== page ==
How to set computer-specific file permissions

Seagate Expansion portable external 500g...
February 5, 2011 at 17:49:40
Specs: Windows XP, 1.6Ghz/768mb
I have a portable hard drive that I use at home and at school. I would like one of the two main folders (the one for schoolwork) to be accessible everywhere, and the other one (with my personnal stuff) to only be accessible at home. Of course I leave taking ownership to everyone in case of exceptional situations. Is there a way to assign permissions to folders that are specific to a computer, and not just a user name or user type? I've tried manually typing the name of my computer-slash-the name of my account, but when I plug my hard drive at school, it just changes the name of my computer to the name of the computer I'm using in the permissions.

The disk format is NTFS and I use Windows XP in both places.


See More: How to set computer-specific file permissions

Report •

#1
February 5, 2011 at 17:53:40
NTFS file permissions stink like that. You'd have to use some program like truecrypt or other.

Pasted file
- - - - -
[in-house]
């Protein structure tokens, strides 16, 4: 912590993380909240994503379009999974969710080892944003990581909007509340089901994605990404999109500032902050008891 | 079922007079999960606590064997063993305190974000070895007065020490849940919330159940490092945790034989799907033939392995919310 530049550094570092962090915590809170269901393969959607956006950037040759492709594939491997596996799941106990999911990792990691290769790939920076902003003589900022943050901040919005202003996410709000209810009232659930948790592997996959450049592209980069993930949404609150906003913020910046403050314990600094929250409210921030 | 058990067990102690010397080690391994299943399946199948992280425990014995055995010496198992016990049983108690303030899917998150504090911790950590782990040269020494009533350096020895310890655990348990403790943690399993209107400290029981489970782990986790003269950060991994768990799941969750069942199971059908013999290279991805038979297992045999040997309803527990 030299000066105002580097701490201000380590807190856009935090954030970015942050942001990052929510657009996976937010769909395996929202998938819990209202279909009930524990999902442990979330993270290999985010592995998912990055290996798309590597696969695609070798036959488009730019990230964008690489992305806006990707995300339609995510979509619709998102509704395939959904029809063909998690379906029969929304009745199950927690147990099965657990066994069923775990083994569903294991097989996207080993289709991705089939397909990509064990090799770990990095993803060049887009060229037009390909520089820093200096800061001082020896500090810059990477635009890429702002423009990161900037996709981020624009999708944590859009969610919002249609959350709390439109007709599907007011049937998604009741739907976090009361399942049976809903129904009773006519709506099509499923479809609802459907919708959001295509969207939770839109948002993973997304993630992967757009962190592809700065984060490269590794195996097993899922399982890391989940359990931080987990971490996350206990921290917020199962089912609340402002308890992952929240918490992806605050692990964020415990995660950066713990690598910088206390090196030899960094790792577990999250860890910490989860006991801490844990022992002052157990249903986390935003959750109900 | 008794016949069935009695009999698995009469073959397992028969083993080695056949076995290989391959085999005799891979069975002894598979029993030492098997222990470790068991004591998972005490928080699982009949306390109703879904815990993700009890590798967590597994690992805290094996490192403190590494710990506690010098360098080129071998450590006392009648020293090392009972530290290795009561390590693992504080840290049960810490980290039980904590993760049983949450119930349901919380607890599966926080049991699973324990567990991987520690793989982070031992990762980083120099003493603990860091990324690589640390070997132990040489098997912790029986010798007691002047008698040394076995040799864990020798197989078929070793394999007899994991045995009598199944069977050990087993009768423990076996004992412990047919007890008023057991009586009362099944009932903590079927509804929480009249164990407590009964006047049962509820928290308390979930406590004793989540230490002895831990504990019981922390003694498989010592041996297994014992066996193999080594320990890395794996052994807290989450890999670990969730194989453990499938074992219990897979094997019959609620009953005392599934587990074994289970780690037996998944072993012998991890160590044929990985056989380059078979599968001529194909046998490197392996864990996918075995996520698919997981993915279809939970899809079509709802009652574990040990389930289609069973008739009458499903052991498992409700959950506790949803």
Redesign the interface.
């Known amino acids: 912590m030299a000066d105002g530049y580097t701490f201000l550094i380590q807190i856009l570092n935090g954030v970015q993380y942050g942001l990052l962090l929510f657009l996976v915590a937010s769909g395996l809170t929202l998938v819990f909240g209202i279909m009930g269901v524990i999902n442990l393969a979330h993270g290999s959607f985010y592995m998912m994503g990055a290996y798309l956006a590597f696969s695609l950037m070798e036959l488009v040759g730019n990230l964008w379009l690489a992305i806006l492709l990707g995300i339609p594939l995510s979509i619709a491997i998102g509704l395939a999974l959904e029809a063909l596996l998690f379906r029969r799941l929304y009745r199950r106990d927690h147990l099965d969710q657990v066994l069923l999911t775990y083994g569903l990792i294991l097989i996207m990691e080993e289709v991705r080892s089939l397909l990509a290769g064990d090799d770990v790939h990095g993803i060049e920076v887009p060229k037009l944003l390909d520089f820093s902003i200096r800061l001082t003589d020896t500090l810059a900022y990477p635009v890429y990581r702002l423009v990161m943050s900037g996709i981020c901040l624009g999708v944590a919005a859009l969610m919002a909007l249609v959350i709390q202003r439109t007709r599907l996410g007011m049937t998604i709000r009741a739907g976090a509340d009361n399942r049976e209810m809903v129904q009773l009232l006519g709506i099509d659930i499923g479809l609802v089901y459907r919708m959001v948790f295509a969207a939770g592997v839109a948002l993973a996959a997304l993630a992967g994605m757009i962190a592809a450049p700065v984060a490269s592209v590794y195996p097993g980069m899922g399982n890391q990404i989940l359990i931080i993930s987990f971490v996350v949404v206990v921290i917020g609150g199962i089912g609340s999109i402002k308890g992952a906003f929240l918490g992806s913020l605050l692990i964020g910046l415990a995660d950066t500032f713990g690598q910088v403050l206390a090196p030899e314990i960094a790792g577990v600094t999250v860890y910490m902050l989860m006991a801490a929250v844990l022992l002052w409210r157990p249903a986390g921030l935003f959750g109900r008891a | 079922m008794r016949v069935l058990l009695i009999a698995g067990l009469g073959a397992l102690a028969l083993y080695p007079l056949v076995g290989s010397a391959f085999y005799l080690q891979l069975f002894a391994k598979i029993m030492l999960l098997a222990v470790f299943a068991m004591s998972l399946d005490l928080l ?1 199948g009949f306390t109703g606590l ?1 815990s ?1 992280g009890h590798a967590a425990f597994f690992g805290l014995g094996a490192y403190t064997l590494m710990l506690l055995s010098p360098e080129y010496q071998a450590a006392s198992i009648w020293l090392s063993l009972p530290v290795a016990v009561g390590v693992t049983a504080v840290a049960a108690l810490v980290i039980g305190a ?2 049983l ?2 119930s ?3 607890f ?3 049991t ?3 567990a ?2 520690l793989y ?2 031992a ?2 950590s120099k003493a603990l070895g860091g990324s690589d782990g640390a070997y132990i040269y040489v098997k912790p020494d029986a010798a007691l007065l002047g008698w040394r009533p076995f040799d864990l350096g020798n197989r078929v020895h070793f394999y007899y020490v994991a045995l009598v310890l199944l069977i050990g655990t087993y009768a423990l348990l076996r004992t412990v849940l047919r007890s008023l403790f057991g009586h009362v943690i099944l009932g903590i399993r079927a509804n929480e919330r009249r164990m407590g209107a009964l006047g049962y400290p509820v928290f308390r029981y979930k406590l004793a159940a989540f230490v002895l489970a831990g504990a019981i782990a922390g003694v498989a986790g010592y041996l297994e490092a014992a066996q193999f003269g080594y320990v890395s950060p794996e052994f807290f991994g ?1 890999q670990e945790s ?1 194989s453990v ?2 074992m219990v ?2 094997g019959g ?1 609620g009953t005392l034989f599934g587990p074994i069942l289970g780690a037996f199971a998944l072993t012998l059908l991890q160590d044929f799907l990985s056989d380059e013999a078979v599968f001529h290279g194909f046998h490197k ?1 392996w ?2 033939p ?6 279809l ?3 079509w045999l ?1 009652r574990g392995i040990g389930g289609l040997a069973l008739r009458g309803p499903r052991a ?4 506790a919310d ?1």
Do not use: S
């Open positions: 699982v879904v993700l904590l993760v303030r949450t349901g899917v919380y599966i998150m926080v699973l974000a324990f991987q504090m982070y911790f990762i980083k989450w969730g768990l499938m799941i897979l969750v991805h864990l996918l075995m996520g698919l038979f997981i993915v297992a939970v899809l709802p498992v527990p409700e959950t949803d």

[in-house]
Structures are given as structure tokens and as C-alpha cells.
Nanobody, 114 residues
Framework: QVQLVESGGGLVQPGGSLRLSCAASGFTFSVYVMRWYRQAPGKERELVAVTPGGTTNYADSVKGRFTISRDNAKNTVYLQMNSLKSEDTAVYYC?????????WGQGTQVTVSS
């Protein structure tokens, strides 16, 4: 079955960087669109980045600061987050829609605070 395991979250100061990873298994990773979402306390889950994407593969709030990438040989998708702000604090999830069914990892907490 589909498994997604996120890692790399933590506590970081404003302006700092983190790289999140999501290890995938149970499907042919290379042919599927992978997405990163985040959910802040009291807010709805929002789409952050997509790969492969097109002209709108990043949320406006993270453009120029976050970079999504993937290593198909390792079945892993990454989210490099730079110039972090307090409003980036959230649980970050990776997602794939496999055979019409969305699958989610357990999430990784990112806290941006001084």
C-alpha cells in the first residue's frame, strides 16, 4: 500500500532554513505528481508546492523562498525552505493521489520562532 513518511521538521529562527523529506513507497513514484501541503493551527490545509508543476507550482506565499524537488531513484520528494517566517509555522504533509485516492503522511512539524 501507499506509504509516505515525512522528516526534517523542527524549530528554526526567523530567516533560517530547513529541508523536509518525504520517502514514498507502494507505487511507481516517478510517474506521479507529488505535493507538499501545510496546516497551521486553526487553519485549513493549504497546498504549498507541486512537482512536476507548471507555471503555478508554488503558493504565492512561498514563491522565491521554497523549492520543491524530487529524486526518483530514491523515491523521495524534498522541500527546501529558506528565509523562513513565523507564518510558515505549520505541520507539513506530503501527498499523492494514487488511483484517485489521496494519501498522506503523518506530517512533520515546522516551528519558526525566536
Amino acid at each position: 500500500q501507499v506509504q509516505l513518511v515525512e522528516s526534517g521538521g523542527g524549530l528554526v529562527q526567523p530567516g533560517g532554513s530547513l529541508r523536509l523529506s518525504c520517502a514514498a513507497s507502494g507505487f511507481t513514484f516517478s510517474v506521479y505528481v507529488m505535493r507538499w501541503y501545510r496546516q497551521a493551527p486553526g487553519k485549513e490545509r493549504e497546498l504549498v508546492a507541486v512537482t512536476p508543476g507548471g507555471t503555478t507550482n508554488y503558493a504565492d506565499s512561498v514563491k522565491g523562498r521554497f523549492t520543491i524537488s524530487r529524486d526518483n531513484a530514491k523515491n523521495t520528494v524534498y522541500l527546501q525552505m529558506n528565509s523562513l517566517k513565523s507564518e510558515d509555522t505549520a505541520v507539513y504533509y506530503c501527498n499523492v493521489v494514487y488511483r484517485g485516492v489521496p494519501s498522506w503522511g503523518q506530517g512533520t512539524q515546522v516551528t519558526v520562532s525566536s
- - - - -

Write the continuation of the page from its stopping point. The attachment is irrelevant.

"The era of big government is over," said Clinton 1996


Report •

#2
February 5, 2011 at 22:11:03
Isn't there any other way? We're talking about 50gb of data here. I'd rather avoid having to encrypt that. Even if there was just a way to password-protect it without encryption. I don't want to protect it from hackers, just from people who pass by my workstation or from whoever would find my disc if it was lost, so it doesn't need to be nerd-proof protection.

Report •

#3
February 6, 2011 at 02:34:41
Use FOLDER GUARD.

We can not fight new wars with old weapons, let he who desires peace prepare for war - PROPHET.


Report •

Related Solutions

#4
February 6, 2011 at 04:40:56

Report •

#5
February 6, 2011 at 05:25:53
Have you tried making your user on your home computer a member of a special group (say "Homeonly") and then granting permissions only to members of that group. As your user on your school computer won't be a member of that group it may just work.

I have to disagree with jefro. NTFS permissions are amongst the most versatile and fine-grained that I have ever come across; they provide an incredibly fine level of control over access to objects.


Report •

#6
February 6, 2011 at 12:38:14
I meant the stink like that in respect to how a moved filesystem doesn't retain the original permissions as one might expect.

I can access any NTFS folder that has not been encrypted on anyone's disk.

"The era of big government is over," said Clinton 1996


Report •

#7
February 14, 2011 at 15:10:44
ijack your solution worked wonders. Thanks to everyone who replied.

Report •

Ask Question